Another team, led by psychologists at the University of California and the University of Pennsylvania, is focused on asking questions in ways that minimize experts’ overconfidence and misjudgment, said Don Moore, a professor at Cal-Berkeley.

“Small wording changes in a question can have a huge effect” on how a person answers, Moore said.

Twardy said the George Mason study has already drawn more than 500 participants, but only about half are actively participating. The study continues to recruit people as some participants drop out over the four-year course of the study.

Participants come from all walks of life. While Twardy said he’d love to have, say, agronomists, on his team to help forecast European polices and responses to mad cow diseases and the cattle trade, the overriding principle is that people from various backgrounds can contribute to the crowd’s collective wisdom, so participation is not restricted by fields of expertise.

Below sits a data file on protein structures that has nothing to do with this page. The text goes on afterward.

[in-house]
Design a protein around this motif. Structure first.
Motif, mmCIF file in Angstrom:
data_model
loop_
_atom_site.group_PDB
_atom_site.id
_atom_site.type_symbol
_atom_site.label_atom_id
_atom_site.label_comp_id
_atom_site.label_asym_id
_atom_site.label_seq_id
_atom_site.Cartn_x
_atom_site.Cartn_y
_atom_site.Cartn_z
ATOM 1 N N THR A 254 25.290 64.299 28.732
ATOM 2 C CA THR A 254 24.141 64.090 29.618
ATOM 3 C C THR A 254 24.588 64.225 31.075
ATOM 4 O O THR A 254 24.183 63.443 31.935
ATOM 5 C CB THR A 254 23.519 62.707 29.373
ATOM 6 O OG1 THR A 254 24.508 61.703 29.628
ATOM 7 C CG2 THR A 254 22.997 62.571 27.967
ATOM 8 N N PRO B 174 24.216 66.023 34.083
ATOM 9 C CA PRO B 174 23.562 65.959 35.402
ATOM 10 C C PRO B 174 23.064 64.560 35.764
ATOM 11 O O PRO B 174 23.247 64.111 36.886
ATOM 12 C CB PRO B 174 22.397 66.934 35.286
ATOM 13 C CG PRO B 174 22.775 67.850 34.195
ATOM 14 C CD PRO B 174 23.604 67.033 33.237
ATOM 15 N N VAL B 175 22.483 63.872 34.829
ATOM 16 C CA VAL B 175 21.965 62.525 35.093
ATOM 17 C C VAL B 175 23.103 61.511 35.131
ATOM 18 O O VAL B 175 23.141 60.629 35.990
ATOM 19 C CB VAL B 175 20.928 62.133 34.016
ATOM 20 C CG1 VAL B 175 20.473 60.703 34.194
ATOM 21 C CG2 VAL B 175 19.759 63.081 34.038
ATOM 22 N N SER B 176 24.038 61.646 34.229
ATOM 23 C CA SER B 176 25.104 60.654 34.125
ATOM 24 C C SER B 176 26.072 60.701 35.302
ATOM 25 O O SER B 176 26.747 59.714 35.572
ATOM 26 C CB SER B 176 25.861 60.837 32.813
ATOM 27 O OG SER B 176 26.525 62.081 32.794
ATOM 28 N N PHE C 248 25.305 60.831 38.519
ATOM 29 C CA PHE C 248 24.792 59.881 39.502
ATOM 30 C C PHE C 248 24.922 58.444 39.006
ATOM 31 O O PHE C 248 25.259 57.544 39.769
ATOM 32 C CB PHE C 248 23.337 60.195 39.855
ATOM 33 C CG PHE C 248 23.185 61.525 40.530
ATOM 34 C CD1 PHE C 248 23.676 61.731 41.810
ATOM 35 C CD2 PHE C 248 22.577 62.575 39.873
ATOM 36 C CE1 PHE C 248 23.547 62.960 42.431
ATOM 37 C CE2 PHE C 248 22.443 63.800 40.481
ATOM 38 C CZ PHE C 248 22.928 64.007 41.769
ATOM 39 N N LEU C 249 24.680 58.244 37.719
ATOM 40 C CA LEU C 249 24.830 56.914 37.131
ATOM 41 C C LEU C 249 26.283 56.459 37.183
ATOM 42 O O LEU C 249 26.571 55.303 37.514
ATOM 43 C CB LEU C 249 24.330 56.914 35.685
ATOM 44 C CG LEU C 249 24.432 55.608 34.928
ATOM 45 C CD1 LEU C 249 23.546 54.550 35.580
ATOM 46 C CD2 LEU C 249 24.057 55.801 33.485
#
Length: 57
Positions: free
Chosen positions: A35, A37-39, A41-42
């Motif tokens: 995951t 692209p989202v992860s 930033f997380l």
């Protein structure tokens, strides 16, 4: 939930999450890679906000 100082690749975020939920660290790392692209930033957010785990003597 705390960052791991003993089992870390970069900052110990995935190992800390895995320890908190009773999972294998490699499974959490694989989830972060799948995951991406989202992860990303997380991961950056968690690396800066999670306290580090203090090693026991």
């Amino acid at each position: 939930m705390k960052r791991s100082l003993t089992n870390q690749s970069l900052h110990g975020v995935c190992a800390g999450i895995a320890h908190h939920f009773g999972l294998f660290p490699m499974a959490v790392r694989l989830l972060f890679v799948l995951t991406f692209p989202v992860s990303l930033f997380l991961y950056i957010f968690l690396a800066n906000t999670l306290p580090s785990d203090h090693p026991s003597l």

George Mason received a $2.2 million grant from IARPA to conduct the study. If the team remains in the competition for the full four years—weaker teams are at risk of being discontinued—the grant will be increased to $8.2 million.

Twardy expects to publish the results of his research and hopes it will ultimately help world leaders make more informed choices when they confront global crises.

“At some level, you cannot predict the future,” Twardy said. “But you can do a lot better than just asking an expert.”


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